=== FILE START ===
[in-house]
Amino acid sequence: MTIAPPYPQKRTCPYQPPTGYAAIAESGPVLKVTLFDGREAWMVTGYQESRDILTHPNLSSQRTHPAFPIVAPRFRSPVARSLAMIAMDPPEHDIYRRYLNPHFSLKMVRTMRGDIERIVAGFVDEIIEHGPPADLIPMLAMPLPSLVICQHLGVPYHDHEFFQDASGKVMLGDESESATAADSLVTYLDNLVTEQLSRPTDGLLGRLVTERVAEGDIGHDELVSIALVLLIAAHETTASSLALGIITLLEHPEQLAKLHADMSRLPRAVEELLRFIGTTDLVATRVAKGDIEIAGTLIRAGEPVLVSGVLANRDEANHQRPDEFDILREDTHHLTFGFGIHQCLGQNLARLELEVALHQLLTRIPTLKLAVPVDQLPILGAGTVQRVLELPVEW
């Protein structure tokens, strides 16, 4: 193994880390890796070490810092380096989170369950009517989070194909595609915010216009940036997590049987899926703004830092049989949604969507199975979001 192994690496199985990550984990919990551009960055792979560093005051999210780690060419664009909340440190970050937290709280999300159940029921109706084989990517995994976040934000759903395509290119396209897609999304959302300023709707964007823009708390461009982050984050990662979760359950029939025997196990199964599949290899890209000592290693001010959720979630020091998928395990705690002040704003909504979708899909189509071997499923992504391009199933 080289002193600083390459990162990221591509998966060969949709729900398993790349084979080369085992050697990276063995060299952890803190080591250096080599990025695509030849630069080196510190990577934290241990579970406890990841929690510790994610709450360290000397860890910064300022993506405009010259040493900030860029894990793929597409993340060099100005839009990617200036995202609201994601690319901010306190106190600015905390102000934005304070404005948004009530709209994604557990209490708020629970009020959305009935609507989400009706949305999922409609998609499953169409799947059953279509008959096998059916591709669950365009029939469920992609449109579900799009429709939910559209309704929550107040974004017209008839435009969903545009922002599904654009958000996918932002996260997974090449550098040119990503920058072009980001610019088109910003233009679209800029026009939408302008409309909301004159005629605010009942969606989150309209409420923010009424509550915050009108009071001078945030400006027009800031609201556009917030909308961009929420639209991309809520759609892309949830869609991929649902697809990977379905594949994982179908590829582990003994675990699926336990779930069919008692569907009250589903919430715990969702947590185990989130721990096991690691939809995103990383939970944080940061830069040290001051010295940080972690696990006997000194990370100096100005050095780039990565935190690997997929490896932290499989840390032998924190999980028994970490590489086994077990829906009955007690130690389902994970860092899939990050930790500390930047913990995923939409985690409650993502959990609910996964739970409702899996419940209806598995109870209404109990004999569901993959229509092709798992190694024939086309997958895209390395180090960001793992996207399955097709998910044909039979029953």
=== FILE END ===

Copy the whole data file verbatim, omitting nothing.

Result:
[in-house]
Amino acid sequence: MTIAPPYPQKRTCPYQPPTGYAAIAESGPVLKVTLFDGREAWMVTGYQESRDILTHPNLSSQRTHPAFPIVAPRFRSPVARSLAMIAMDPPEHDIYRRYLNPHFSLKMVRTMRGDIERIVAGFVDEIIEHGPPADLIPMLAMPLPSLVICQHLGVPYHDHEFFQDASGKVMLGDESESATAADSLVTYLDNLVTEQLSRPTDGLLGRLVTERVAEGDIGHDELVSIALVLLIAAHETTASSLALGIITLLEHPEQLAKLHADMSRLPRAVEELLRFIGTTDLVATRVAKGDIEIAGTLIRAGEPVLVSGVLANRDEANHQRPDEFDILREDTHHLTFGFGIHQCLGQNLARLELEVALHQLLTRIPTLKLAVPVDQLPILGAGTVQRVLELPVEW
């Protein structure tokens, strides 16, 4: 193994880390890796070490810092380096989170369950009517989070194909595609915010216009940036997590049987899926703004830092049989949604969507199975979001 192994690496199985990550984990919990551009960055792979560093005051999210780690060419664009909340440190970050937290709280999300159940029921109706084989990517995994976040934000759903395509290119396209897609999304959302300023709707964007823009708390461009982050984050990662979760359950029939025997196990199964599949290899890209000592290693001010959720979630020091998928395990705690002040704003909504979708899909189509071997499923992504391009199933 080289002193600083390459990162990221591509998966060969949709729900398993790349084979080369085992050697990276063995060299952890803190080591250096080599990025695509030849630069080196510190990577934290241990579970406890990841929690510790994610709450360290000397860890910064300022993506405009010259040493900030860029894990793929597409993340060099100005839009990617200036995202609201994601690319901010306190106190600015905390102000934005304070404005948004009530709209994604557990209490708020629970009020959305009935609507989400009706949305999922409609998609499953169409799947059953279509008959096998059916591709669950365009029939469920992609449109579900799009429709939910559209309704929550107040974004017209008839435009969903545009922002599904654009958000996918932002996260997974090449550098040119990503920058072009980001610019088109910003233009679209800029026009939408302008409309909301004159005629605010009942969606989150309209409420923010009424509550915050009108009071001078945030400006027009800031609201556009917030909308961009929420639209991309809520759609892309949830869609991929649902697809990977379905594949994982179908590829582990003994675990699926336990779930069919008692569907009250589903919430715990969702947590185990989130721990096991690691939809995103990383939970944080940061830069040290001051010295940080972690696990006997000194990370100096100005050095780039990565935190690997997929490896932290499989840390032998924190999980028994970490590489086994077990829906009955007690130690389902994970860092899939990050930790500390930047913990995923939409985690409650993502959990609910996964739970409702899996419940209806598995109870209404109990004999569901993959229509092709798992190694024939086309997958895209390395180090960001793992996207399955097709998910044909039979029953």